Governing documents are critical for HOA communities and are literally the legal glue which holds the association together. Civil Code Section 4150 defines “governing documents” as articles of incorporation, CC&Rs, bylaws, and operating rules, but I think subdivision maps and condominium plans also should be regarded as governing documents. Each has a distinct purpose and function, and every HOA member should have copies. Subdivision map and condominium plan This document breaks up land into separate pieces of land or airspace sold to homeowners in planned development (“lots”) or condominium (“units”) projects. This document is recorded (i.e. filed) with the County Recorder, is easily retrieved, and defines the “common area” as well as the “separate interest” (i.e., the lot or unit). Sometimes it also delineates exclusive use common areas or maintenance easement areas. It establishes the real estate interests owned, so any amendment requires agreement of 100% of association members and their mortgage holders, and consequently amendment is highly unlikely. Articles of incorporation Articles of Incorporation establish the legal “person” of the association. Filed with the Secretary of State, this document can be retrieved from that office. Older Articles sometimes contain important information about limits on the association or board’s powers. The Articles list the association’s legal name and can be amended by membership vote, although amending is rarely necessary. Check the association’s corporate status at https://businesssearch.sos.ca.gov. CC&Rs The CC&Rs document is recorded (amendments also must be recorded), and therefore is also a public document. Associations often use unrecorded, unofficial copies, but official copies can be retrieved from the County Recorder. CC&Rs are a long contract automatically binding all owners,...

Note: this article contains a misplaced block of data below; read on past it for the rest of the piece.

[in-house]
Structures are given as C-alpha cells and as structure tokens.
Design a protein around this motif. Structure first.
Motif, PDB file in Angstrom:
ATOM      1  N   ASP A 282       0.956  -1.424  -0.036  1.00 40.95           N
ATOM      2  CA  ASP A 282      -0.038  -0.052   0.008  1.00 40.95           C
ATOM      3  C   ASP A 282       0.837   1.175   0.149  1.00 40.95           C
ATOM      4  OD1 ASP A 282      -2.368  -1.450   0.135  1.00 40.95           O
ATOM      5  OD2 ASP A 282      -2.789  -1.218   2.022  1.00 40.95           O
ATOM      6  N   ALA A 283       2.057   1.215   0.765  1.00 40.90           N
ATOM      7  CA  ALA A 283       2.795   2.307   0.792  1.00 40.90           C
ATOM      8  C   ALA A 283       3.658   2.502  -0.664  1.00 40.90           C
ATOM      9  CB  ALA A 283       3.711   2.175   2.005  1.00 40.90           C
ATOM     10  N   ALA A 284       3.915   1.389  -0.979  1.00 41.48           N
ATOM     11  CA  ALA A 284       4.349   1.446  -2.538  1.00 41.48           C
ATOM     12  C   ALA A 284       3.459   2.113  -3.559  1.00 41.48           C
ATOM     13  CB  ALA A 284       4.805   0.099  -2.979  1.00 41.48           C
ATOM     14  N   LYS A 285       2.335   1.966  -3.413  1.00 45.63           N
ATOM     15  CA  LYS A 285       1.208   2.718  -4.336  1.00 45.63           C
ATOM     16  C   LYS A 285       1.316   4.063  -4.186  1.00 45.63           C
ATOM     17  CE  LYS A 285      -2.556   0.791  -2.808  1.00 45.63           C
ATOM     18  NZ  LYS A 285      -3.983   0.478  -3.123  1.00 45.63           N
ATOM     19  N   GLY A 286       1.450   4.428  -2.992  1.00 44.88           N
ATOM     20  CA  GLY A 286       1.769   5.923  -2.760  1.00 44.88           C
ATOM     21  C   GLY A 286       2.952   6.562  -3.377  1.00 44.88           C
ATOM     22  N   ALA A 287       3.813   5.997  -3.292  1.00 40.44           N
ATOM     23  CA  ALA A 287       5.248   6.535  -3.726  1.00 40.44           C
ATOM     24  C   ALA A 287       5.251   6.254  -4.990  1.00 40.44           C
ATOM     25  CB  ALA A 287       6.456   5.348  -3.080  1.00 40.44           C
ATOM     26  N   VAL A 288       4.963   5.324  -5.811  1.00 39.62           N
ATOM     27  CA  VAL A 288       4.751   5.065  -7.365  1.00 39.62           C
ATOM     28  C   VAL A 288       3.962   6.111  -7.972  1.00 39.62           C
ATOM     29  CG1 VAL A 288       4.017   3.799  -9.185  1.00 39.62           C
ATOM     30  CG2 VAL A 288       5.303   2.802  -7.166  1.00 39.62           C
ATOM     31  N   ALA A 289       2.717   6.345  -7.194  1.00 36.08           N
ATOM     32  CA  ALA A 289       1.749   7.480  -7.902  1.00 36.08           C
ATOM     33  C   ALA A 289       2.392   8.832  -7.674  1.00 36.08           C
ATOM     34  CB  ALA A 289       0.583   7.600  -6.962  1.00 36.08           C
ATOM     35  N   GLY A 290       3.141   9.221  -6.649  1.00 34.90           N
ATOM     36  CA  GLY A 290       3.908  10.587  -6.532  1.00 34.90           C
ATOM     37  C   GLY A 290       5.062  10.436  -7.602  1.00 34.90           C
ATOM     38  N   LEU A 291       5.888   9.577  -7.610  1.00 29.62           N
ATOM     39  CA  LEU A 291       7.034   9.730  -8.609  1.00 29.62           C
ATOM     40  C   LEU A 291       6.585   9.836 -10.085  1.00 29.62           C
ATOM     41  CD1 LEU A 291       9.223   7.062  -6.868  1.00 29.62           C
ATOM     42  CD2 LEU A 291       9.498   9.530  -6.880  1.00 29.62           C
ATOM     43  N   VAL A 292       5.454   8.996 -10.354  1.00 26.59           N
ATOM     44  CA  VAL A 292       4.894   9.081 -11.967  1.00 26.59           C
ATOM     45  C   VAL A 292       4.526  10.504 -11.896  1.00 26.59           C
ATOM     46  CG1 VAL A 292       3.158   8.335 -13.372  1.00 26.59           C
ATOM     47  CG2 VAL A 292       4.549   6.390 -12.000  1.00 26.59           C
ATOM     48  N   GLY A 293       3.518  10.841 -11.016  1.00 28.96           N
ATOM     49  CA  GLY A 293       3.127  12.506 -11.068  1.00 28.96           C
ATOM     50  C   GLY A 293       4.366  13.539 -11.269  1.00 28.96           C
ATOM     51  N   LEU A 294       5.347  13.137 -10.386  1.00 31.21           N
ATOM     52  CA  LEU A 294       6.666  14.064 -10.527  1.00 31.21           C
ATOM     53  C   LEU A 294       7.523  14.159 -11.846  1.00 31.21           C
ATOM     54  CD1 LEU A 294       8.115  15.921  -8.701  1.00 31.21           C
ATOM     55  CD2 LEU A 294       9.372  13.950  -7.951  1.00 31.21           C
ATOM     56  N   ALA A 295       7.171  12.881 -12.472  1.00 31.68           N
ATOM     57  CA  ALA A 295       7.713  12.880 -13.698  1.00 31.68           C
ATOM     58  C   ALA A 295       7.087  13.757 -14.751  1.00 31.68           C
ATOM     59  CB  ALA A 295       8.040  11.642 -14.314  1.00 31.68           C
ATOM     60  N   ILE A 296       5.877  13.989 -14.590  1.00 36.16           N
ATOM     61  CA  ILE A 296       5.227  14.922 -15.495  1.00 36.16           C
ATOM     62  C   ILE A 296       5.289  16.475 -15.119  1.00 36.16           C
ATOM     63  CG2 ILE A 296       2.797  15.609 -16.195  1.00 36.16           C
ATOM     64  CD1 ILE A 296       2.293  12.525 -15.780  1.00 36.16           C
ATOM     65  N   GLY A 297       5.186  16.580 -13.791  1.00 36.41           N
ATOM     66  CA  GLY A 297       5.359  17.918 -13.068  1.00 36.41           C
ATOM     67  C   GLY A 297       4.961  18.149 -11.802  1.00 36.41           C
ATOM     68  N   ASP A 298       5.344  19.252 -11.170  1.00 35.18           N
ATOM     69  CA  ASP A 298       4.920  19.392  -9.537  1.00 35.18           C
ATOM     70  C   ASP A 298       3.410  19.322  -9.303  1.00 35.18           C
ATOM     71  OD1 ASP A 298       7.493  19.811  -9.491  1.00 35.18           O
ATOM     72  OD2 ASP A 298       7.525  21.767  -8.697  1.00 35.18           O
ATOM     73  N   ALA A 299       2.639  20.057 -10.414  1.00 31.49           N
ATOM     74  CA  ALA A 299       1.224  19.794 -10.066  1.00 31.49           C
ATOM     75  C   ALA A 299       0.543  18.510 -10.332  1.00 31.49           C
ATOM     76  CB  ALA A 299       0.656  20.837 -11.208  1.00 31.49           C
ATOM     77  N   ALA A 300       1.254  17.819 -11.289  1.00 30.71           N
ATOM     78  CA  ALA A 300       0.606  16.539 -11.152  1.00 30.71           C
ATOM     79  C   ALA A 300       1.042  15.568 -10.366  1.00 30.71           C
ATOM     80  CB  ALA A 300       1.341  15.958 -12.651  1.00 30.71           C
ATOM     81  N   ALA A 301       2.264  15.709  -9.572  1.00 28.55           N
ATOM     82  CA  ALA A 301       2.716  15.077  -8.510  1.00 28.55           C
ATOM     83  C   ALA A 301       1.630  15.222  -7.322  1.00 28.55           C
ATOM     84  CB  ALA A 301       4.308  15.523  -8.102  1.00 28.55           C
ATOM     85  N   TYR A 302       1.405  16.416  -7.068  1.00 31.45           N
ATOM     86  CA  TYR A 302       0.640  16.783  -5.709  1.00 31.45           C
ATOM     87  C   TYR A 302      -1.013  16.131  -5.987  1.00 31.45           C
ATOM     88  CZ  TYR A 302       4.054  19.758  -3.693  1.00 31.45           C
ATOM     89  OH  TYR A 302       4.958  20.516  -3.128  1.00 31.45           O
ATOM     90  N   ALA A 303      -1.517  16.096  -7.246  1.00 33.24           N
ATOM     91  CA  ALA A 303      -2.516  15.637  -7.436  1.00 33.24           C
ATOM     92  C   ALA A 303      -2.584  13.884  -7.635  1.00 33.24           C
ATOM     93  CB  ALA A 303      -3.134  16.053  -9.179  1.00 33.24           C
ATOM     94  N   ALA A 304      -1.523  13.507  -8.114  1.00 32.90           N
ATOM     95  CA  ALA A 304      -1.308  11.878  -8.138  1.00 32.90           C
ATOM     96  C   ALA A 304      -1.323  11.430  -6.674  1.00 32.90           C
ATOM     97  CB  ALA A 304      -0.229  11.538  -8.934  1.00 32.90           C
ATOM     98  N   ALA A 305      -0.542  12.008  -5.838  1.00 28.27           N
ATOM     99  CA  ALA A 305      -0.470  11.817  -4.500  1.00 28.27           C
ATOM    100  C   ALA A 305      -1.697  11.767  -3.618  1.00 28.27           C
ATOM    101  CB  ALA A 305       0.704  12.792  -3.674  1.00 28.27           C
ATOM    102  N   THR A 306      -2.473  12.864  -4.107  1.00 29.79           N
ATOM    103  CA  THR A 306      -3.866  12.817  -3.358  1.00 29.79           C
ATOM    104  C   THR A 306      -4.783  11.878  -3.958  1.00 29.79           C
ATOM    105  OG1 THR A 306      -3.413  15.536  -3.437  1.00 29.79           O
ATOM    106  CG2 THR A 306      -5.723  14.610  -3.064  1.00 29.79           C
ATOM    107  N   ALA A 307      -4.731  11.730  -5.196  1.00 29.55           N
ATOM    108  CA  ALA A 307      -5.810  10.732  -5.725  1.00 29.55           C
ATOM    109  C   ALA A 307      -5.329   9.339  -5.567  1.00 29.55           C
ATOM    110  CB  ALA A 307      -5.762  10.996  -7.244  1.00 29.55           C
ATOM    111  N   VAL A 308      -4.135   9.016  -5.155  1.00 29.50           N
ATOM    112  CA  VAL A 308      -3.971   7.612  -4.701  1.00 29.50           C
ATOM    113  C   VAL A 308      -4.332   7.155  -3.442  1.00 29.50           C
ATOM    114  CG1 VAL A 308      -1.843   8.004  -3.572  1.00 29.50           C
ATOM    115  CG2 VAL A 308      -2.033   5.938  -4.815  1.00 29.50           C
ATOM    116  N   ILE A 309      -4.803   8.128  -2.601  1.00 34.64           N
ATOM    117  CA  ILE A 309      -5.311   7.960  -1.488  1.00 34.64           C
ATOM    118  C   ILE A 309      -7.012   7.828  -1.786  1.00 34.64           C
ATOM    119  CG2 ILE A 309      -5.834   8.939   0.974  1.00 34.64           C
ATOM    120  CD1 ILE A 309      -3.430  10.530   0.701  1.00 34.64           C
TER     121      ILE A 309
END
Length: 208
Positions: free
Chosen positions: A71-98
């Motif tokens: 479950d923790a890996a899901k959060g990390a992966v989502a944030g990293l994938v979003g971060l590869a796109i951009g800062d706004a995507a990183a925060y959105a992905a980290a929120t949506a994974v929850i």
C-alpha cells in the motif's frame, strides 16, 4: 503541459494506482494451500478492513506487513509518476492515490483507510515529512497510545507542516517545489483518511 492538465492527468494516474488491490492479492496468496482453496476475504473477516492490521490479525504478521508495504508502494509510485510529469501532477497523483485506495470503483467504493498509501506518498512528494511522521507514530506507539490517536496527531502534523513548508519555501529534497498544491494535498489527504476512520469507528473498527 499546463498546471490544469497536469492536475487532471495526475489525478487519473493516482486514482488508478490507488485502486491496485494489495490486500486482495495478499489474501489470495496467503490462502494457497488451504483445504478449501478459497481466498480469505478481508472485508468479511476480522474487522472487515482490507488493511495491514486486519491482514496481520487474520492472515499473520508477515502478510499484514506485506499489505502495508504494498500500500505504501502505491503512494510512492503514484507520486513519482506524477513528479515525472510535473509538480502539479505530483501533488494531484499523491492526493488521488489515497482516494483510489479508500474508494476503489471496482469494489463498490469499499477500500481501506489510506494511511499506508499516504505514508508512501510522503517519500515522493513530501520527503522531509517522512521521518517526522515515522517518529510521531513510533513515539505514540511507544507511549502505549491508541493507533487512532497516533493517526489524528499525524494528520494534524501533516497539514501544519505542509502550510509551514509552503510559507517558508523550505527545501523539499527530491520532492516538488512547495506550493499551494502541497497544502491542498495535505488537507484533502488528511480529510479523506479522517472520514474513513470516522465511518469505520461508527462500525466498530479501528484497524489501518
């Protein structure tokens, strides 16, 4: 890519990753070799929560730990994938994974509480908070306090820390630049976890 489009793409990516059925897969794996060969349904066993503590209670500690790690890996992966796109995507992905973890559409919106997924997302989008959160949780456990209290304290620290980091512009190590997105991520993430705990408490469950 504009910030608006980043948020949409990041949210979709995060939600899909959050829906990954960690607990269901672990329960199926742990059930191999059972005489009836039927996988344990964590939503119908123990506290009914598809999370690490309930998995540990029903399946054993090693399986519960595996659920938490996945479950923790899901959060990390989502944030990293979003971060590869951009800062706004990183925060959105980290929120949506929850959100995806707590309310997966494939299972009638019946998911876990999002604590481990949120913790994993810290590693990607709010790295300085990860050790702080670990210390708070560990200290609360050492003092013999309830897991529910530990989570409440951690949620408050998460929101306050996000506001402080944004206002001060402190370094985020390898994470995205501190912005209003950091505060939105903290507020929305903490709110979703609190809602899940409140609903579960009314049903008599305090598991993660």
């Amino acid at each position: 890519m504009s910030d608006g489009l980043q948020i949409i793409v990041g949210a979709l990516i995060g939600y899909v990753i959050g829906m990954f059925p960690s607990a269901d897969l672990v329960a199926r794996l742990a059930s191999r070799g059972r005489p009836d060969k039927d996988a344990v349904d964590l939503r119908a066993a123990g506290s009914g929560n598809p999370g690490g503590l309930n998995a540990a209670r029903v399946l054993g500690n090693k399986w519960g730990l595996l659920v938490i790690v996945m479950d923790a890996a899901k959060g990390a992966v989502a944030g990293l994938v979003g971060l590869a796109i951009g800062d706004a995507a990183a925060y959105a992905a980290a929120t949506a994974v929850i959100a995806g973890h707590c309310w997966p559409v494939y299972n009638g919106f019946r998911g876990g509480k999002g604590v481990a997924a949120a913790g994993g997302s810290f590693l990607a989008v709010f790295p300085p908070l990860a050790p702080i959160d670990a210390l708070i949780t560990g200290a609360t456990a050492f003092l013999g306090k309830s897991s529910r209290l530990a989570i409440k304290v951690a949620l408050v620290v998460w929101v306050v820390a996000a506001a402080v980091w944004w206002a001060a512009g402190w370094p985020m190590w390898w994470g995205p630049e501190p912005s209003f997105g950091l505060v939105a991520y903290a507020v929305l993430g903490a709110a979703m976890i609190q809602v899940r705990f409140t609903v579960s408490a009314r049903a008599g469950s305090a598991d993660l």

What Makes a Director Outstanding [Part 4] – Participation in Board Meetings

What Makes a Director Outstanding [Part 4] – Participation in Board Meetings